The body responsible for car tax and vehicle licensing has warned drivers to be on the lookout for new phishing scams this new year.
Phishing scams dupe innocent victims into handing over personal details such as bank information, often by sending messages claiming to be from a legitimate company or organisation.
The Driver and Vehicle Licensing Agency (DVLA) has recently released images of the type of scam messages purporting to be from it and trying to fool drivers into handing over personal data or making payments to the fraudsters.
Criminals use email and text messages to pose as the DVLA and divert victims to fraudulent websites to enter their personal and bank details. The messages usually claim either that a driver has overpaid their car tax and is due a refund or that there has been a problem with a tax payment and they need to log into the fake website to update their information.
The DVLA has also reported seeing scam messages that claim there is a problem with their licence information. Handing over data like this can help criminals committing identity fraud.
Last year there was a massive rise in the number of drivers reporting suspected fraud to the DVLA. In the three months to September 2020, the agency saw a 603 per cent increase in reported cases compared with the same period a year earlier.
Phil Morgan, head of fraud policy investigation at DVLA, said: “These recent scams may at first seem legitimate, however they are designed to trick motorists into providing their personal details. We never ask for bank or credit card details via text message or email, so if you receive something like this, it’s a scam.”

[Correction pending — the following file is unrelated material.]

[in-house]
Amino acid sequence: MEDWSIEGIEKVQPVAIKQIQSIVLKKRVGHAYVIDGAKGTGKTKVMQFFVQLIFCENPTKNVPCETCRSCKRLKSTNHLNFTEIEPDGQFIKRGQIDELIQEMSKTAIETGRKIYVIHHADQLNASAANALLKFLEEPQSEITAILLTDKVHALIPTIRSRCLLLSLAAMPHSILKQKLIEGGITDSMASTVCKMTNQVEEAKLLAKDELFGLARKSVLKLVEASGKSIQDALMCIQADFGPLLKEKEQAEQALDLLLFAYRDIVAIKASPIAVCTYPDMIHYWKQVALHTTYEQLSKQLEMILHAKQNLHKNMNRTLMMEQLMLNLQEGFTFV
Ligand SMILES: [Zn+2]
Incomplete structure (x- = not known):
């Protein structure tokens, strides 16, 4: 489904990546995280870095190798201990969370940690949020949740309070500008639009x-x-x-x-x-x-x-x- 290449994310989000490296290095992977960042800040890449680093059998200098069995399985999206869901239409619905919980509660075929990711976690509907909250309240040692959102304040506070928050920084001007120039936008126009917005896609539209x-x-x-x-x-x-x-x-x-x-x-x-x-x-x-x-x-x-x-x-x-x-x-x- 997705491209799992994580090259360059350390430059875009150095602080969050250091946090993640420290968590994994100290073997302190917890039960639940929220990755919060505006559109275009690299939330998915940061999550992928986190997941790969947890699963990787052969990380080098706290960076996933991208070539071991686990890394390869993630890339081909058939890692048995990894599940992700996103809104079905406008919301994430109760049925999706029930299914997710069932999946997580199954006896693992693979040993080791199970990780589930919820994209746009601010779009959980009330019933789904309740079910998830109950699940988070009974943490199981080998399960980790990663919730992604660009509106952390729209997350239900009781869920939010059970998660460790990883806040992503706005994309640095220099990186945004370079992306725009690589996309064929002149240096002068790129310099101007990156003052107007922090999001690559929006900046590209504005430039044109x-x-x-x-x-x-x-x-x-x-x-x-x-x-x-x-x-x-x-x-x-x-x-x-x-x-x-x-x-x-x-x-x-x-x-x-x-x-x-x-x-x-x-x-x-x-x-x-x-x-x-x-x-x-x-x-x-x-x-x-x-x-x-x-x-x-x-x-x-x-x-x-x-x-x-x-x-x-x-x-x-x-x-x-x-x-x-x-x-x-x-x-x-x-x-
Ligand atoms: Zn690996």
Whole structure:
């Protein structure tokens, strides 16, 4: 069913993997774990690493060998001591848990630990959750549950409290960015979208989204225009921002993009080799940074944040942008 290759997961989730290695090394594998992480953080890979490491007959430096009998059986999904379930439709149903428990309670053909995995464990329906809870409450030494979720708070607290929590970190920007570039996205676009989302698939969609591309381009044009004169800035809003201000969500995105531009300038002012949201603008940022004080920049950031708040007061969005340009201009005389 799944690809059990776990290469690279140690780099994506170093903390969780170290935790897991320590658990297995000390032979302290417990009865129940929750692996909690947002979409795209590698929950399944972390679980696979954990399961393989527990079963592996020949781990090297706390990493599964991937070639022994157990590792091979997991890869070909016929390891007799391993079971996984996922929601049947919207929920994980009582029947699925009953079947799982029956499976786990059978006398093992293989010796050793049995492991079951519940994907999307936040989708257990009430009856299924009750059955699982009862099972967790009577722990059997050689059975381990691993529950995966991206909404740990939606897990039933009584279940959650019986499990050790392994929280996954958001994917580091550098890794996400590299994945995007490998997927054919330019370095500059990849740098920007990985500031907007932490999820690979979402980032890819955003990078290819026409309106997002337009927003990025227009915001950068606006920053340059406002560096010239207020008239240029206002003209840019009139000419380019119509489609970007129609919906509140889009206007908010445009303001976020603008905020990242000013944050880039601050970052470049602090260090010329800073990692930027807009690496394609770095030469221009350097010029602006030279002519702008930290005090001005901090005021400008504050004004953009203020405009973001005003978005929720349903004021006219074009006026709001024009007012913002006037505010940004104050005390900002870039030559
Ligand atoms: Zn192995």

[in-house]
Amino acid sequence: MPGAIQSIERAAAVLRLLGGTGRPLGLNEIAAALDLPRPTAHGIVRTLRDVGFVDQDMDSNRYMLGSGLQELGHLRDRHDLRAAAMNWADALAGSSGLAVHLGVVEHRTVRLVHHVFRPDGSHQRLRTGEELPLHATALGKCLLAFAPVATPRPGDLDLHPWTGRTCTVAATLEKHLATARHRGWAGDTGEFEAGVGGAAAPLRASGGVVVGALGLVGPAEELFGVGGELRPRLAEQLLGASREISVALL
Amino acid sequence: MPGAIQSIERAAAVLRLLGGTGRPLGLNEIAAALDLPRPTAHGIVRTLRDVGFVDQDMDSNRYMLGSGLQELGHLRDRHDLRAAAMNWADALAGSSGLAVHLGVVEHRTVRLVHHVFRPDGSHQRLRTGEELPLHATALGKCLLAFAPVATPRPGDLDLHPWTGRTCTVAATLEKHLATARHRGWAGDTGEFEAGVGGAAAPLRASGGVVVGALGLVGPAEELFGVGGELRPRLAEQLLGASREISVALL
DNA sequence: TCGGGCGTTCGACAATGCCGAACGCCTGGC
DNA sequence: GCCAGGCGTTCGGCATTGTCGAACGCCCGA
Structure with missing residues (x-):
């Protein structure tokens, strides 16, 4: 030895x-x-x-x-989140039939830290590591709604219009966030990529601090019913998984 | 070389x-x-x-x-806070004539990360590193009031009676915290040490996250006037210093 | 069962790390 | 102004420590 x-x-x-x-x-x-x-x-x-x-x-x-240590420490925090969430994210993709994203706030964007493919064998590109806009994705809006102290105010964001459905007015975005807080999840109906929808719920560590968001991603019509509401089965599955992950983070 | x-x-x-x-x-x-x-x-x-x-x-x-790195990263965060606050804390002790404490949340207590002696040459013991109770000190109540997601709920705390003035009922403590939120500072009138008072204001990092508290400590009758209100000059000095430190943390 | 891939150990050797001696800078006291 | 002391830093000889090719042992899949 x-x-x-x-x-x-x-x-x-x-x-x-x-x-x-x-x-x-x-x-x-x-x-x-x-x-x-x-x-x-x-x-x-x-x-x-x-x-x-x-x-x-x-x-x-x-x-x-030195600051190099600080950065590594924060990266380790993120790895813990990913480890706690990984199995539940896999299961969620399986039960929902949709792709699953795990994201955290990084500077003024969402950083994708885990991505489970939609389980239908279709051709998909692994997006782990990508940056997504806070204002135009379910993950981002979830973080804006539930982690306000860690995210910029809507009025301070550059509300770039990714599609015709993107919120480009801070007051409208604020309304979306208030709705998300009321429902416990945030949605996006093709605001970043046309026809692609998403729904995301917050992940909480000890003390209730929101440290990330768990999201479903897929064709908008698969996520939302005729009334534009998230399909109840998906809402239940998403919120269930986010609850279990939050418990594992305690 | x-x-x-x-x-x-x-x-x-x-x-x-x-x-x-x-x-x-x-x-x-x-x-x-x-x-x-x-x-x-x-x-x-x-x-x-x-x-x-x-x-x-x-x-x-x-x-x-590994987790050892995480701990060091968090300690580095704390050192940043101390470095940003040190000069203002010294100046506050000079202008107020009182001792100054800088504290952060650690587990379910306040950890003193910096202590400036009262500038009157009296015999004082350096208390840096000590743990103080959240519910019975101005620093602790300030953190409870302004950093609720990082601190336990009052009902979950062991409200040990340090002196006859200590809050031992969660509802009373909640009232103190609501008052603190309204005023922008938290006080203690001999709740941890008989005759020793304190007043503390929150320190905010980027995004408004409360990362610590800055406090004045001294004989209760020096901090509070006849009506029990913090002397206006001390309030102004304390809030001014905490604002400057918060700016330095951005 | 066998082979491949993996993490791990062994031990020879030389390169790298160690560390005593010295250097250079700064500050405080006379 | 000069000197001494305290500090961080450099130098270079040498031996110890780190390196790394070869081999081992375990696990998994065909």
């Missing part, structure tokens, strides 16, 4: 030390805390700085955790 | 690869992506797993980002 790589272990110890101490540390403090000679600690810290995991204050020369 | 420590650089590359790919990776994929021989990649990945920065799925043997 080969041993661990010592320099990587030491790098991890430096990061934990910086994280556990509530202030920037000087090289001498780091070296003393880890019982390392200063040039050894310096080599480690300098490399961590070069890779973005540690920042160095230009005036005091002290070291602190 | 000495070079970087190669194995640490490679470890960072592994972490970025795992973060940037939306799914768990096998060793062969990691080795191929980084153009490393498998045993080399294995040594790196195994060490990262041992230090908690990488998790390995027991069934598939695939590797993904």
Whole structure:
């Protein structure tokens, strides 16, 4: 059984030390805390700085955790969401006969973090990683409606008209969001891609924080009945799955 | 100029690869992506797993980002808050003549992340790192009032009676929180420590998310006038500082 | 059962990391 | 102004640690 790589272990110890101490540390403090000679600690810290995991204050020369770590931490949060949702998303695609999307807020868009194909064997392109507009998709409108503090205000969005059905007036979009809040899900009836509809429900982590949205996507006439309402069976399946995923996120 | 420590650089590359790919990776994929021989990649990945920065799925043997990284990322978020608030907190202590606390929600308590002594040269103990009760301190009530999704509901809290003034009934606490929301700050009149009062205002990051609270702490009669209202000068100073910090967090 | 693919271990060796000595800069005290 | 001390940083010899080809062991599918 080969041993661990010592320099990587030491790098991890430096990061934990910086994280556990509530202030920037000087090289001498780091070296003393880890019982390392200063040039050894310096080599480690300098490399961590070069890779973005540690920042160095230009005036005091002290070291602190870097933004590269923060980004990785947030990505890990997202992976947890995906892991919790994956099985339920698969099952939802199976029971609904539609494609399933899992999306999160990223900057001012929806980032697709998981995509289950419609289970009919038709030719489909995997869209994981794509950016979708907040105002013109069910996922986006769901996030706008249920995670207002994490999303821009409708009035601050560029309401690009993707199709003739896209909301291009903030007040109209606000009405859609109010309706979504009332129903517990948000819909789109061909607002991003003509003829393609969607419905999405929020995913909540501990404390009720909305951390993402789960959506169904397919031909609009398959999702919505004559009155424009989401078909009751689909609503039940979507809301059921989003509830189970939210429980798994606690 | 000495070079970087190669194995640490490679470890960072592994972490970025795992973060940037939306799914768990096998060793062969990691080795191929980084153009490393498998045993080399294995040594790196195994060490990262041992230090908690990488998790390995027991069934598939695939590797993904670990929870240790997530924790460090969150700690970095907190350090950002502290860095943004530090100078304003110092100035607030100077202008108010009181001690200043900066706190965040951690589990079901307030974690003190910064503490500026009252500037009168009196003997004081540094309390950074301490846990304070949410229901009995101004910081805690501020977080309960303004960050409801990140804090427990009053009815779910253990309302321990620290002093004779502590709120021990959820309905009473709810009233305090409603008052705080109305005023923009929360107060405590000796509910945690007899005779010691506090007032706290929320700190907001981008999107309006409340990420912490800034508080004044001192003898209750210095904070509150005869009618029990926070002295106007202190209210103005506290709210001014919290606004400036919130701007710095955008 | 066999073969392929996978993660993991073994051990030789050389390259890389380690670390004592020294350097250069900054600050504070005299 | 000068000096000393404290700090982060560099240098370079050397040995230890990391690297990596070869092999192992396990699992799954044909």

What to do if you’ve been targeted by a phishing scam
Anyone who has received a suspicious email is being urged to report to the National Cyber Security Centre (NCSC) via their suspicious email service: [email protected] Suspicious texts can also be forwarded free of charge to your network provider on 7726. You can also report it to Action Fraud or police if you think you have fallen victim to such a scam.
As well as forwarding any suspicious emails and texts, DVLA has five top tips for motorists to stay safe online:
Never share driving licence images and vehicle documents onlineNever share bank details or personal data onlineAvoid websites offering to connect to DVLA’s contact centreOnly use GOV.UK when looking for DVLA contact detailsImmediately report it to the police via Action Fraud if you think you have been the victim of a scam